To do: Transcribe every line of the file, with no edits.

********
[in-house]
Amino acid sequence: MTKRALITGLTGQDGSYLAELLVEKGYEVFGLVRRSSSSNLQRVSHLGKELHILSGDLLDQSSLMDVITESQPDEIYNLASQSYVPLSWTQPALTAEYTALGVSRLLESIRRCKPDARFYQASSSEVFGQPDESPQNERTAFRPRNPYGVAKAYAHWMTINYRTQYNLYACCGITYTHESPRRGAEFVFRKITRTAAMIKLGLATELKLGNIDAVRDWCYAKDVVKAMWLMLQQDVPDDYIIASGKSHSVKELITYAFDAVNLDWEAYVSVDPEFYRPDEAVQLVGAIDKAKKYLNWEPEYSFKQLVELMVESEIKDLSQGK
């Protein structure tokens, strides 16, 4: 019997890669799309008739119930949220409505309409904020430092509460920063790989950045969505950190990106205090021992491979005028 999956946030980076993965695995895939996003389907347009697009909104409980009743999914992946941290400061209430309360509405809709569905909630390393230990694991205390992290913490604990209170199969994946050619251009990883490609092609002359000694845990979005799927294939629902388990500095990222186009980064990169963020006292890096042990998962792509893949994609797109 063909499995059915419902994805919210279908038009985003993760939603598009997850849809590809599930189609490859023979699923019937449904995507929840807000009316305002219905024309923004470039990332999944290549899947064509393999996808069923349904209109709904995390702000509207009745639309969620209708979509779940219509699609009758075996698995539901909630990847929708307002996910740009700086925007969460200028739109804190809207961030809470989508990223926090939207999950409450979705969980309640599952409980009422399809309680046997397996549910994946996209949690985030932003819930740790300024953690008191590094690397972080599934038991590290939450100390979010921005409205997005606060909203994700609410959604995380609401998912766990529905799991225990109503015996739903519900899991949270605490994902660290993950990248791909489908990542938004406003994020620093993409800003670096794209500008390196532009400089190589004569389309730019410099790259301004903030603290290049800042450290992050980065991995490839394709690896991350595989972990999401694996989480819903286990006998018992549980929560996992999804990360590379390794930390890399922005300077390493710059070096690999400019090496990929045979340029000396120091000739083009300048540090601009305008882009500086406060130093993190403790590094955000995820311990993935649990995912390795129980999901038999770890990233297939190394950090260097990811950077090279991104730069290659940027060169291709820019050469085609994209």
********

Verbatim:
[in-house]
Amino acid sequence: MTKRALITGLTGQDGSYLAELLVEKGYEVFGLVRRSSSSNLQRVSHLGKELHILSGDLLDQSSLMDVITESQPDEIYNLASQSYVPLSWTQPALTAEYTALGVSRLLESIRRCKPDARFYQASSSEVFGQPDESPQNERTAFRPRNPYGVAKAYAHWMTINYRTQYNLYACCGITYTHESPRRGAEFVFRKITRTAAMIKLGLATELKLGNIDAVRDWCYAKDVVKAMWLMLQQDVPDDYIIASGKSHSVKELITYAFDAVNLDWEAYVSVDPEFYRPDEAVQLVGAIDKAKKYLNWEPEYSFKQLVELMVESEIKDLSQGK
């Protein structure tokens, strides 16, 4: 019997890669799309008739119930949220409505309409904020430092509460920063790989950045969505950190990106205090021992491979005028 999956946030980076993965695995895939996003389907347009697009909104409980009743999914992946941290400061209430309360509405809709569905909630390393230990694991205390992290913490604990209170199969994946050619251009990883490609092609002359000694845990979005799927294939629902388990500095990222186009980064990169963020006292890096042990998962792509893949994609797109 063909499995059915419902994805919210279908038009985003993760939603598009997850849809590809599930189609490859023979699923019937449904995507929840807000009316305002219905024309923004470039990332999944290549899947064509393999996808069923349904209109709904995390702000509207009745639309969620209708979509779940219509699609009758075996698995539901909630990847929708307002996910740009700086925007969460200028739109804190809207961030809470989508990223926090939207999950409450979705969980309640599952409980009422399809309680046997397996549910994946996209949690985030932003819930740790300024953690008191590094690397972080599934038991590290939450100390979010921005409205997005606060909203994700609410959604995380609401998912766990529905799991225990109503015996739903519900899991949270605490994902660290993950990248791909489908990542938004406003994020620093993409800003670096794209500008390196532009400089190589004569389309730019410099790259301004903030603290290049800042450290992050980065991995490839394709690896991350595989972990999401694996989480819903286990006998018992549980929560996992999804990360590379390794930390890399922005300077390493710059070096690999400019090496990929045979340029000396120091000739083009300048540090601009305008882009500086406060130093993190403790590094955000995820311990993935649990995912390795129980999901038999770890990233297939190394950090260097990811950077090279991104730069290659940027060169291709820019050469085609994209």